In this reprinted #altdevblogaday opinion piece, game programmer Simon Yeung shares the results from his implementations of angle-based SSAO, or Screen Space Ambient Occlusion. SSAO (Screen space ambient occlusion) is a common post processing effect that approximates how much light is occluded in a given surface by the surrounding objects. In this year's SIGGRAPH, there were a few slides in "The Technology behind the Unreal Engine 4 Elemental Demo" about how Epic implements SSAO. Their technique can either use only the depth buffer or with the addition of per-pixel normal. I tried to implement both versions with a slight modification:
Using only the depth bufferThe definition of ambient occlusion is to calculate the visibility integral over the hemisphere of a given surface:
To approximate this in screen space, we design our sampling pattern as paired samples:
paired sample patternSo for each pair of samples, we can approximate how much the shading point is occluded in 2D instead of integrating over the hemisphere:
The AO term for each given pair of samples will be min( (θleft + θright)/π, 1). Then by averaging the AO terms of all the sample pairs (in my case, there are 6 pairs), we achieve the following result:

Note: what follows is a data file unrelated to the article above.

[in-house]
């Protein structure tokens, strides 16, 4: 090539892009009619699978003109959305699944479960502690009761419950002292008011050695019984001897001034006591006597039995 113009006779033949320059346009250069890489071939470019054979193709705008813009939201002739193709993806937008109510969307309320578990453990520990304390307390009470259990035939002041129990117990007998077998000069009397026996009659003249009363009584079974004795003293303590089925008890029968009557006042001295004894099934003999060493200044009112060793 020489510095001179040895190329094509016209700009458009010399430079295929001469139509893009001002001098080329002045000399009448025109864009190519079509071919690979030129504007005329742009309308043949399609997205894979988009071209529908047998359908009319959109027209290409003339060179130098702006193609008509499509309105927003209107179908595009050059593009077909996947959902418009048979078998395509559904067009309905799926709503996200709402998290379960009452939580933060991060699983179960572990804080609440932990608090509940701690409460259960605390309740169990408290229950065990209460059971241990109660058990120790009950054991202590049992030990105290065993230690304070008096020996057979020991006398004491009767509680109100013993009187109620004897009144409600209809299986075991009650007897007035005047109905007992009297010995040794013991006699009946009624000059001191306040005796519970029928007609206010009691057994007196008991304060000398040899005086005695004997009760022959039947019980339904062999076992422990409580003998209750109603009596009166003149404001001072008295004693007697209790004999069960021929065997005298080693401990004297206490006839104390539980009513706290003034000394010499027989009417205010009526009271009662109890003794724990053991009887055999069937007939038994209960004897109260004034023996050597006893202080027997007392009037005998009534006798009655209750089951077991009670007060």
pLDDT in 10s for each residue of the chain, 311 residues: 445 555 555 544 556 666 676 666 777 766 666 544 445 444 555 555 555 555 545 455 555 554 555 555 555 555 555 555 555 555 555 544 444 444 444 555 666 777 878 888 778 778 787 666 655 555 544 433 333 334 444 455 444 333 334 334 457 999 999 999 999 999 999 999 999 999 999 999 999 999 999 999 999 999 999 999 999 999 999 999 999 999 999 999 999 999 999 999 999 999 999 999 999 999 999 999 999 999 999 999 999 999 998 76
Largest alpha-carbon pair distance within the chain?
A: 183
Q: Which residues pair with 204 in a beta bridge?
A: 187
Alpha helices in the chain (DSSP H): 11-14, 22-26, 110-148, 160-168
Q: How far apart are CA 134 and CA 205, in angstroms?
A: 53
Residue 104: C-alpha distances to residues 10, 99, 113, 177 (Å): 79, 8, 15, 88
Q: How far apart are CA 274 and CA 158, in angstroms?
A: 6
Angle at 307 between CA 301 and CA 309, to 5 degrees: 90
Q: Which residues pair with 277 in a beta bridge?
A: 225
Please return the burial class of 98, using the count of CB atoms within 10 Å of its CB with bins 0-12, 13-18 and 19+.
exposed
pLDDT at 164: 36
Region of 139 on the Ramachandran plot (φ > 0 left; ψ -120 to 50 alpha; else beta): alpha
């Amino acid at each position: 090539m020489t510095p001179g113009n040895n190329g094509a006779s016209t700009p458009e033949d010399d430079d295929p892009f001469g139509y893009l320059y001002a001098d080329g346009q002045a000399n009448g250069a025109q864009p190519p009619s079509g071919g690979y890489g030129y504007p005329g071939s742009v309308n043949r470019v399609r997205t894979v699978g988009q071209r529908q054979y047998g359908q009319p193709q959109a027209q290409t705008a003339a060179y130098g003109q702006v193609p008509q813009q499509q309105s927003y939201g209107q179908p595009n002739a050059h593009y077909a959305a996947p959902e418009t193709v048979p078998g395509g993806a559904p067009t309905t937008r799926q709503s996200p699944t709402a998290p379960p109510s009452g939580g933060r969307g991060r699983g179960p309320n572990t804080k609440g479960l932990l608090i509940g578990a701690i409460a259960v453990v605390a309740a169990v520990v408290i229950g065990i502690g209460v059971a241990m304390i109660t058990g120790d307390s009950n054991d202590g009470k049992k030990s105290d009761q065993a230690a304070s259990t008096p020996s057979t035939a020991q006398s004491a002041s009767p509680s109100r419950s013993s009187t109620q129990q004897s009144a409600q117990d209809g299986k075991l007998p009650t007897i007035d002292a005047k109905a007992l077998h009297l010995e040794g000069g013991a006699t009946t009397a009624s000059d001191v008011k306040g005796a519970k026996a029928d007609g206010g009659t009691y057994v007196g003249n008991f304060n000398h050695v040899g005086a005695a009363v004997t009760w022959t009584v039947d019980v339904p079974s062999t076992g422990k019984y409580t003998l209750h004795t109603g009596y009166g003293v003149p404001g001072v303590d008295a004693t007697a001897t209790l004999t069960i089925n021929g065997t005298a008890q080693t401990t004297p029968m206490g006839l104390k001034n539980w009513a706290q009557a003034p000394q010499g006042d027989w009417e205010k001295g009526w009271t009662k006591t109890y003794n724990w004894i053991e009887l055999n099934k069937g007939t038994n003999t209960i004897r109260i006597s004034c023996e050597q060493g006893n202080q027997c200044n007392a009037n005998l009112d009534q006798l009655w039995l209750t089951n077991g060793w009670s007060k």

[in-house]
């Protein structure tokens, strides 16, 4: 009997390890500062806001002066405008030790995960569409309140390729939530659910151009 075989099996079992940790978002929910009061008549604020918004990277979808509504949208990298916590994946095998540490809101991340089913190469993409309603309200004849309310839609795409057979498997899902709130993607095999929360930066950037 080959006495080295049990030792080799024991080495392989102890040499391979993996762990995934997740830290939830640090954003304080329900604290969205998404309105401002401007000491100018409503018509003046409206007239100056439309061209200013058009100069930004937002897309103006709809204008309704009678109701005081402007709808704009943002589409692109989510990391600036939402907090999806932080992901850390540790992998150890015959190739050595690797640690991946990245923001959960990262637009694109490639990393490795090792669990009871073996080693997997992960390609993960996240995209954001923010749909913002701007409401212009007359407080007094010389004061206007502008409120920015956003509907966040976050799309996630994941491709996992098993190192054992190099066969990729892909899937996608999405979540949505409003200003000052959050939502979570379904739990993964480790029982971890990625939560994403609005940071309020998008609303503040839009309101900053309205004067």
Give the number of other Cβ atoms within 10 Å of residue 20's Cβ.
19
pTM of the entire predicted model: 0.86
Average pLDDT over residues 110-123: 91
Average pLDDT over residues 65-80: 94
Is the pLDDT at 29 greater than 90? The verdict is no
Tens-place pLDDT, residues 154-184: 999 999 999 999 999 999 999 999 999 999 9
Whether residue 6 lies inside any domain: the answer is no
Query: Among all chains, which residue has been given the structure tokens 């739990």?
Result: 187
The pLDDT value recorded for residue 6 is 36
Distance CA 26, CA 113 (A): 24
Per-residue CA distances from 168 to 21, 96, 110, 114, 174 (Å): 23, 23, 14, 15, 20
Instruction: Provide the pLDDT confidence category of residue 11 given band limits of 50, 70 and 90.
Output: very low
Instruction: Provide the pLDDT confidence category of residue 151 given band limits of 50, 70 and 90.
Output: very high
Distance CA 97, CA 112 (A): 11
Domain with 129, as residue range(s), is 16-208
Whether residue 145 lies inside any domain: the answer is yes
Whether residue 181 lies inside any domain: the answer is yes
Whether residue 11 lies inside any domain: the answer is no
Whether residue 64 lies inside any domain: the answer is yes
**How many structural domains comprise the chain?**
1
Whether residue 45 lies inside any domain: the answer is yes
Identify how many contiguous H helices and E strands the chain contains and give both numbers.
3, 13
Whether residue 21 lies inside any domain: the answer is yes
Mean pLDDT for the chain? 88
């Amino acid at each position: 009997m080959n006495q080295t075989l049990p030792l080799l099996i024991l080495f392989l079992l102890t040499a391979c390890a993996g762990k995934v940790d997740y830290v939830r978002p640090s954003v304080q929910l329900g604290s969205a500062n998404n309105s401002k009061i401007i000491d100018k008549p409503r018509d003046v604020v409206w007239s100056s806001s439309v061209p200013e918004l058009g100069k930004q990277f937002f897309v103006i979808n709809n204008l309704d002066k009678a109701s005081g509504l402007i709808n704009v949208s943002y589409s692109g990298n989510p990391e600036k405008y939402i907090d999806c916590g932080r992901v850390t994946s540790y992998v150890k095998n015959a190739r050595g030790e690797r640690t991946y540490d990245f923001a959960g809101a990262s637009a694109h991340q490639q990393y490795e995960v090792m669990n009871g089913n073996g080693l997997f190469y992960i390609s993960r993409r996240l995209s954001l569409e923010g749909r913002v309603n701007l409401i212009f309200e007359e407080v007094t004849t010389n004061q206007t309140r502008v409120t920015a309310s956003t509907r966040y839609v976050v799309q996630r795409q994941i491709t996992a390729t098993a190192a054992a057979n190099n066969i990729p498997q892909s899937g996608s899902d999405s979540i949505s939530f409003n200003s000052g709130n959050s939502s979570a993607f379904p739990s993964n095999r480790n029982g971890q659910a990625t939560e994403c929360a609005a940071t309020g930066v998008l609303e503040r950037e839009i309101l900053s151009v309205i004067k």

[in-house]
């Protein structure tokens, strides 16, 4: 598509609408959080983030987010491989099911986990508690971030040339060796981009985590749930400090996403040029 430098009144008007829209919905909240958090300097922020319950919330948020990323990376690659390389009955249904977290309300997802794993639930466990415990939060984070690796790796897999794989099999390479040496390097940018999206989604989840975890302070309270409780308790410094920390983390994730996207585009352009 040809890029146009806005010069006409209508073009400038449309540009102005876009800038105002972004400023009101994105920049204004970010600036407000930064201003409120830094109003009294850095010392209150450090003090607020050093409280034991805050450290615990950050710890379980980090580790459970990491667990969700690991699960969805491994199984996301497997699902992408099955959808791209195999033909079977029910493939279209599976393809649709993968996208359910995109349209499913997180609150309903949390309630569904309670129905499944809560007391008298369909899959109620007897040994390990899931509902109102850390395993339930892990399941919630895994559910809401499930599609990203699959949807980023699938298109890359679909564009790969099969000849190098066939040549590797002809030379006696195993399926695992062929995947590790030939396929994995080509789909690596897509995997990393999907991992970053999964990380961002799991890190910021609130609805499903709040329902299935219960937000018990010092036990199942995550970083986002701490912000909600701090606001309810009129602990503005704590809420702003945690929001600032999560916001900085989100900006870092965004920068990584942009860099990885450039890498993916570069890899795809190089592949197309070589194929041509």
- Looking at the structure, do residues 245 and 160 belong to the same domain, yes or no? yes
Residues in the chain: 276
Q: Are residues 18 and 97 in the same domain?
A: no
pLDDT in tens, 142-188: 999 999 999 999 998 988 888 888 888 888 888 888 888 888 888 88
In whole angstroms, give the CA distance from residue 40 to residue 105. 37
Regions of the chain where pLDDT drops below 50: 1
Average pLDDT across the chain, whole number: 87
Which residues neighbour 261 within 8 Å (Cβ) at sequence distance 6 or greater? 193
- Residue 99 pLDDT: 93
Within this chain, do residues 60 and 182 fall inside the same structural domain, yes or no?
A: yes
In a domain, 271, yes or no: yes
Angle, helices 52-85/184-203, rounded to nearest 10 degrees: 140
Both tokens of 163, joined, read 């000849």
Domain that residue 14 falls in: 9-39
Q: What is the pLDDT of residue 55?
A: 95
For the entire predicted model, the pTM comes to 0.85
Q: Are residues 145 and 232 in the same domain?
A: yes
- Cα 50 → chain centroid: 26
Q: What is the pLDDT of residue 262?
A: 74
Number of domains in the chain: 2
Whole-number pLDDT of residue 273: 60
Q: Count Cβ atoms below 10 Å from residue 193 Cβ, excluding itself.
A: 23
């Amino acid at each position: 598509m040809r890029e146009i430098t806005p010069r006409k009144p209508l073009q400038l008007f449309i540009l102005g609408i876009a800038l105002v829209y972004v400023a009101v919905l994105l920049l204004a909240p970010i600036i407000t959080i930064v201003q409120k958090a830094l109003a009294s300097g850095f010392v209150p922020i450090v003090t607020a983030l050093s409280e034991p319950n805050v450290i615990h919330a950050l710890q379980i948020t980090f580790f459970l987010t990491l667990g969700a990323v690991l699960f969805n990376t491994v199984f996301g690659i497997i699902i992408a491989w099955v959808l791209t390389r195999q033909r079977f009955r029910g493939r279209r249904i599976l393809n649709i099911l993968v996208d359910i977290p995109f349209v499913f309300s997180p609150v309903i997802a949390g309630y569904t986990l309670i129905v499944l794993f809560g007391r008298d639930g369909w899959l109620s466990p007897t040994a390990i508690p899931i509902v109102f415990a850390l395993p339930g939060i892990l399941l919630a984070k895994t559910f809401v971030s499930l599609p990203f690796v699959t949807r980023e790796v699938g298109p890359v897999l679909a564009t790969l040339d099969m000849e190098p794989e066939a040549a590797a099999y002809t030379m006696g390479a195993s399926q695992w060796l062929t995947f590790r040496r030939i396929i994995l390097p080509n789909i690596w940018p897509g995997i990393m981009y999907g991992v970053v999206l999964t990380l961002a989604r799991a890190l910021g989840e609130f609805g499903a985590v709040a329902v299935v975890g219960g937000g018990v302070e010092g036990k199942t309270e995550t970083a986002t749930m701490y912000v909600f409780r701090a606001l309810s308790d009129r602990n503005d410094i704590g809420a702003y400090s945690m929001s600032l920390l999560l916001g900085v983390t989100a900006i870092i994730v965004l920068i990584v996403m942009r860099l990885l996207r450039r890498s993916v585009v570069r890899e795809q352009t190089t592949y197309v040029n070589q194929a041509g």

Dealing with large depth differencesAs seen in the above screen shot, there are dark halos around the knight. But the knight should not contribute AO to the castle, as he is too far away. So to deal with the large depth differences, I adopted the approach used in Toy Story 3. If one of the paired samples is too far away from the shading point, say the red point in the following figure, it will be replace by the pink point, which is on the same plane as the other valid paired sample:
So we can interpolate between the red point and the pink point for dealing with the large depth difference. Now the dark halo is gone:
Approximating arc-cos functionIn this approach, the AO is calculated by using the angle between the paired samples, which needs to evaluate the arc-cos function, which is a bit expensive. We can approximate acos(x) with a linear function: π(1-x)/2.
And the resulting AO looks much darker with this approximation:
This may affect the AO for the area of a curved surface with low tessellation. You might either need to increase the bias angle threshold or switch to a more accurate function. So my second attempt is to approximate it with a quadratic function: π(1- sign(x) * x * x)/2.
And this approximation shows a very similar result to the one using the arc-cos function.
Using per-pixel normalWe can enhance the details of AO by making use of the per-pixel normal. The per-pixel normal is used for further restricting the angle to compute the AO where the angle θleft, θright are clamped to the tangent plane:
And here is the final result: